Karma Chameleon

The Rock Scientist at Mind Blowing Science has a fascinating post about animals. And while I’m sorely tempted to come over all E. L. Wisty (a character created by the late lamented Peter Cook) and talk about interesting facts, this post really is full of interesting facts. What’s more, they’re interesting facts that generate all sorts of evolutionary questions.

Veiled chameleon. Photo by Billybizkit, licensed under Creative Commons 3.0.

Veiled chameleon. Photo by Billybizkit, licensed under Creative Commons 3.0.

For instance, contrary to popular perception, the chameleon doesn’t change colours to blend in: they change depending on their mood, temperature, health, communication, and light. Which is all fair enough, but I find myself wondering what is the evolutionary advantage of using your whole body as a sort of mood ring. It’s understandable that they change colour when fighting: many animals have physical responses to make themselves look more fearsome. And having a coloration that advertises that you’re a healthy individual would be useful in attracting potential mates. But changing colour to advertise that you’re warm and happy seems rather odd.

Then there’s the poison arrow frog. Tiny and toxic, they rely on bright colours and patterns to warn predators that they’re not good to eat. While there’s a clear selective pressure here on the predators, in that the only ones that survive are the ones that don’t partake of a froggy nosh, it’s interesting to ponder whether the poison and colouring evolved together or one after the other. And it’s an unusual, and risky, evolutionary path to take: being incredibly toxic may help the species but it’s no comfort to the individual when the predator drops dead after eating them.

Finally, there’s the goblin shark – very aptly-named, as this monster can protrude its toothy jaws exactly like the Alien from Ridley Scott’s iconic movie series. I had to wonder, indeed, whether H. R. Giger, the artist who designed the creature, had the goblin shark in mind when he created the extendable jaws. The interesting thing about the goblin shark is that it looks prehistoric, just as many deepwater creatures do. The ocean deeps, being a fairly stable environment, impose fewer selection pressures, so once a species is able to survive they tend to continue without much change.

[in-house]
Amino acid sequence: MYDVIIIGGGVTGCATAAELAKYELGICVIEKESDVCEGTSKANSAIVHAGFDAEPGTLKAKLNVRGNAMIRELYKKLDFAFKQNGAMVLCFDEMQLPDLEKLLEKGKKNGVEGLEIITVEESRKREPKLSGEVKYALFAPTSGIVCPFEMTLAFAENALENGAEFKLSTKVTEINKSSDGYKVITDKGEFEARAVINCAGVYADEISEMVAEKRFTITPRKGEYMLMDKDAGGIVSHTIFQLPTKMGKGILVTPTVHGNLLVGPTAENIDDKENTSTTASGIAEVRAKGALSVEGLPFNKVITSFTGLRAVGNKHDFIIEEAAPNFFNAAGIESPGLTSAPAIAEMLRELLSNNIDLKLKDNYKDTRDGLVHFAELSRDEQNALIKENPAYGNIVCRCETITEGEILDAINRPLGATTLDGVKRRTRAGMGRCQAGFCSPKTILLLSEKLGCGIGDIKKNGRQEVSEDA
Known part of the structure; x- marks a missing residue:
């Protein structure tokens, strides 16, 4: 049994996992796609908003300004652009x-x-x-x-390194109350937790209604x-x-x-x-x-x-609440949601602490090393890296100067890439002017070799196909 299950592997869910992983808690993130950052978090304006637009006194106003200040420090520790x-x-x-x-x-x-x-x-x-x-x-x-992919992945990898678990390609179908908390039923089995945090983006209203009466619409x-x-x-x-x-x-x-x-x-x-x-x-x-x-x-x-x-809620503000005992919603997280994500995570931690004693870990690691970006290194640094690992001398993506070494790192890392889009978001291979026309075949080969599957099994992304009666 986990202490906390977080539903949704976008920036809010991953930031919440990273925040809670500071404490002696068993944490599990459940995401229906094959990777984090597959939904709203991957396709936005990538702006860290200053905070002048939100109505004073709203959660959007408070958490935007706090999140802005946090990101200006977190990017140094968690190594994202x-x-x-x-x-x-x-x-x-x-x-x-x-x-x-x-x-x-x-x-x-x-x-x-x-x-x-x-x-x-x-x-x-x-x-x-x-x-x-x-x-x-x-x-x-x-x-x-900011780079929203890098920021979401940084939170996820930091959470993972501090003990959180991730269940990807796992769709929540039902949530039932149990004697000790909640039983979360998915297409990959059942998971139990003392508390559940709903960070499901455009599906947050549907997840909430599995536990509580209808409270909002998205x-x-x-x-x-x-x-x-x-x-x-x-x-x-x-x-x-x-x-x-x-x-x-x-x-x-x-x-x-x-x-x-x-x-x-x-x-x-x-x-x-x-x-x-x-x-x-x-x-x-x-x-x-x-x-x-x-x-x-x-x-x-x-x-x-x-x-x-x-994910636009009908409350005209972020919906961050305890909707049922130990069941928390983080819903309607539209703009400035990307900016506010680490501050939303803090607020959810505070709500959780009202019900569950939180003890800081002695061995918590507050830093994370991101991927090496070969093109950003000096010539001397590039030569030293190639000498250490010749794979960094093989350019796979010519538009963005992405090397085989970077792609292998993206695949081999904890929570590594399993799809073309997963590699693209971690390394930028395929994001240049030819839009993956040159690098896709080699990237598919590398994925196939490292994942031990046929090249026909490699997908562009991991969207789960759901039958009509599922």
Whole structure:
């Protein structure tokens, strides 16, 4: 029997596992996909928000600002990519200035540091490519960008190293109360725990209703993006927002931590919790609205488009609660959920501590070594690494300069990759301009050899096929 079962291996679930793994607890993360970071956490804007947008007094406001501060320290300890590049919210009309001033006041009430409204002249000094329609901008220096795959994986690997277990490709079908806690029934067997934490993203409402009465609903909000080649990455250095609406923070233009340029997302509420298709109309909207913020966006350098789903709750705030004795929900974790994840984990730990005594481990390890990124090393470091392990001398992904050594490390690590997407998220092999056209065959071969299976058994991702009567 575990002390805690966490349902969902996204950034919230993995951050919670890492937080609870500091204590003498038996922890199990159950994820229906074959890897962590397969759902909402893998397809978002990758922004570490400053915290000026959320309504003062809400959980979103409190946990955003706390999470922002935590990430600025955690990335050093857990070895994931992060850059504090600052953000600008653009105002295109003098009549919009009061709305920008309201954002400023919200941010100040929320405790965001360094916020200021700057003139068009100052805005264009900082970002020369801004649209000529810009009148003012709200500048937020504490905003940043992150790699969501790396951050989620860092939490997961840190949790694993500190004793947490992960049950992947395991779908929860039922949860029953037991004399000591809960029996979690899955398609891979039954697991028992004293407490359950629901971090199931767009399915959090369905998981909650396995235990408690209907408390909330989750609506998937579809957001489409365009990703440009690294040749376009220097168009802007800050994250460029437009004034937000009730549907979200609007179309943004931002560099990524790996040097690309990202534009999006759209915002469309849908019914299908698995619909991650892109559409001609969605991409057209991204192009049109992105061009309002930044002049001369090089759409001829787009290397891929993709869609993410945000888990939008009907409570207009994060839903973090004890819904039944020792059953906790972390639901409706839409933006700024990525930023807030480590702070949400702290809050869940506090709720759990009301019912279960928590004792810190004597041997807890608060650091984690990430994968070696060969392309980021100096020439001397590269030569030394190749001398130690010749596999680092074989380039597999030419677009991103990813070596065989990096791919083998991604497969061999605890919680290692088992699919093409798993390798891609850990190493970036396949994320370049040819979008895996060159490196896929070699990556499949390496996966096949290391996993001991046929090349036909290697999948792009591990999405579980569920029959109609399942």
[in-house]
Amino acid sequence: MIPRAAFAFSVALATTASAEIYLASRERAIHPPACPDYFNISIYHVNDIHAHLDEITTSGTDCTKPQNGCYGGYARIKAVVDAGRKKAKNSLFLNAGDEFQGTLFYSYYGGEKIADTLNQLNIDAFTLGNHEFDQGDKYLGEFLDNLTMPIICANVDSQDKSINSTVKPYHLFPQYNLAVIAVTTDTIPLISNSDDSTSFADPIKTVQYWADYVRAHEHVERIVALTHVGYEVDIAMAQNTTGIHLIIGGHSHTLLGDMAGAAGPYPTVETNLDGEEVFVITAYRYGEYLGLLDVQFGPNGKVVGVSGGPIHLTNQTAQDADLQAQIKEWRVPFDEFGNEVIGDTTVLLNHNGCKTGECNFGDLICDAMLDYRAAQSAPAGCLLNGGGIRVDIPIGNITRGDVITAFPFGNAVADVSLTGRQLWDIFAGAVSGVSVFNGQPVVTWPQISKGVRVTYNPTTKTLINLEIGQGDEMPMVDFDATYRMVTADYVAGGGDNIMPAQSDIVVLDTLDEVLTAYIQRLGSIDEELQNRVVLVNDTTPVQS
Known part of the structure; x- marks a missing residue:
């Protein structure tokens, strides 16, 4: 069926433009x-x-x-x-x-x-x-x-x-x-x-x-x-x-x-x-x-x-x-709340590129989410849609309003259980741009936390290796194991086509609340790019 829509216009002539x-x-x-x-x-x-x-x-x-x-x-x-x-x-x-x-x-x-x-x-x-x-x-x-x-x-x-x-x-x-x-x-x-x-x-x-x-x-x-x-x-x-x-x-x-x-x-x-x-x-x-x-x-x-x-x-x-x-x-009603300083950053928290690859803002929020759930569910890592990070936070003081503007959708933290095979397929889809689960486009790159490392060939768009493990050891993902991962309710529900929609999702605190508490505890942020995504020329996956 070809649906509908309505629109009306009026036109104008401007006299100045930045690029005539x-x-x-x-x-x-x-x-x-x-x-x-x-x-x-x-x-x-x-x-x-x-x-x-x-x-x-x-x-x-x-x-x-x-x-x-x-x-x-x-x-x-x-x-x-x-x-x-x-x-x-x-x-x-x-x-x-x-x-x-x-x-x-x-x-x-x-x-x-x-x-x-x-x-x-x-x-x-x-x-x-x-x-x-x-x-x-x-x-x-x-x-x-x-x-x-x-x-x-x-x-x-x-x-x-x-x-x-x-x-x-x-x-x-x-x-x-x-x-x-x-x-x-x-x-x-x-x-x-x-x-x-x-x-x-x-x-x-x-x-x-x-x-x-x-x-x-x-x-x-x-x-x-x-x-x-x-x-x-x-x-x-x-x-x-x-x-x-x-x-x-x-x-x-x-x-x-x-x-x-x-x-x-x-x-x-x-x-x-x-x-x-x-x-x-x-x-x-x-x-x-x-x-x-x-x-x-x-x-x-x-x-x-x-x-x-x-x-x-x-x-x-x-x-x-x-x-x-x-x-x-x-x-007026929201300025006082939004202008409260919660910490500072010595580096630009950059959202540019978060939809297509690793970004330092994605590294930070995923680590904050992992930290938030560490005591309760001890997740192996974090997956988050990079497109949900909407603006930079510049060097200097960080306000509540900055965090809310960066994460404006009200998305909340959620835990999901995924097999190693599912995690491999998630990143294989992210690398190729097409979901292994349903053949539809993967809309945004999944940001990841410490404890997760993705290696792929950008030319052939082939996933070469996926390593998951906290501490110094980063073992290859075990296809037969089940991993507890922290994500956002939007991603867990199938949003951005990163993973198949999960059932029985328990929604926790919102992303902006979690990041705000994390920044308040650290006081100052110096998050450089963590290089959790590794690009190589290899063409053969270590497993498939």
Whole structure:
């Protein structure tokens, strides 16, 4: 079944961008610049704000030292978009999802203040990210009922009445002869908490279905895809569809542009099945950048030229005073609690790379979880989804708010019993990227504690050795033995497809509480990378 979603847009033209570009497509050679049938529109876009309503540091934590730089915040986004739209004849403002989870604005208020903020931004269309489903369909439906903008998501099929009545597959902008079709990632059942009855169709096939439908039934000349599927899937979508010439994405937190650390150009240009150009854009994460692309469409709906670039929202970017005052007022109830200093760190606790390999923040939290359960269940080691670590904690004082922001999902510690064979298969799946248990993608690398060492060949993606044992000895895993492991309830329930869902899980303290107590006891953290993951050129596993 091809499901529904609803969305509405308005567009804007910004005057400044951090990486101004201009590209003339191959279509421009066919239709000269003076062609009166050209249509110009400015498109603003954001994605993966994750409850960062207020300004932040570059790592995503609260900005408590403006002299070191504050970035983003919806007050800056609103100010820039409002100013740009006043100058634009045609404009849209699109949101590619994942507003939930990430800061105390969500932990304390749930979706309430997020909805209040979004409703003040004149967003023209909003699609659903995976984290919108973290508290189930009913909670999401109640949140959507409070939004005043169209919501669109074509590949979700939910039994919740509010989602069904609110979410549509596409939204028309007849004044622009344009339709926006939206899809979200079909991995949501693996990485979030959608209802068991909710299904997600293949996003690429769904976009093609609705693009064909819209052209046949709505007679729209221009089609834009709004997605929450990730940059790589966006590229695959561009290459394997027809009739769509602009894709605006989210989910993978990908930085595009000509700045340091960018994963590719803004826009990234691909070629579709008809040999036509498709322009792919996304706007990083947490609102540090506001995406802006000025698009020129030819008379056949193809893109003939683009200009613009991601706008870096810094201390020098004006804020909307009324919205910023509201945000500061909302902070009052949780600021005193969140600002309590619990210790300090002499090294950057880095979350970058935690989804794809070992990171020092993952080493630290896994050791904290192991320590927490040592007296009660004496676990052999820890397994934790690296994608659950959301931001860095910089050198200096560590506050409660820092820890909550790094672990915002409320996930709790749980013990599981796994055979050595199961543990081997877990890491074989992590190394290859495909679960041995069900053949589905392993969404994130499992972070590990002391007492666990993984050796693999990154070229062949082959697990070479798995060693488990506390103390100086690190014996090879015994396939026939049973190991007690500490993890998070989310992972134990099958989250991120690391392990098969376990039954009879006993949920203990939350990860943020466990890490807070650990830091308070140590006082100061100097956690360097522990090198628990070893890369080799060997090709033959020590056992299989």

In addition to the Extendo-Jaws (TM) though, the goblin shark has a large, overhanging snout, which is studded with organs that detect electricity (see this reference). While this electricity-detecting snout is probably how it detects its prey, the disproportionate overhang may have been responsible for the development of the protrusive jaw: more sensors on a longer snout enables better prey detection, but only the creatures whose jaws can reach out from beneath the snout to eat the prey will actually survive.

So, all in all, some Interesting Facts about animals prompting some puzzling questions (puzzling to me, at least) about evolution. Which is what biological science is all about – some scientist looks at an aspect of the world and thinks to themselves “That’s weird, I wonder why it does that?” and proceeds to try and find out.

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4 Responses to Karma Chameleon

  1. Pingback: Mini-monsters of the deep: carnivorous sponges | Biodiversity Revolution

  2. Pingback: Shark-o-rama | Biodiversity Revolution

  3. Pingback: Biodiversity favourites | Biodiversity Revolution

  4. Florentina says:

    Superb post however , I was wanting to know if you could write a litte more on this subject? I’d be very grateful if you could elaborate a little bit more. Appreciate it!

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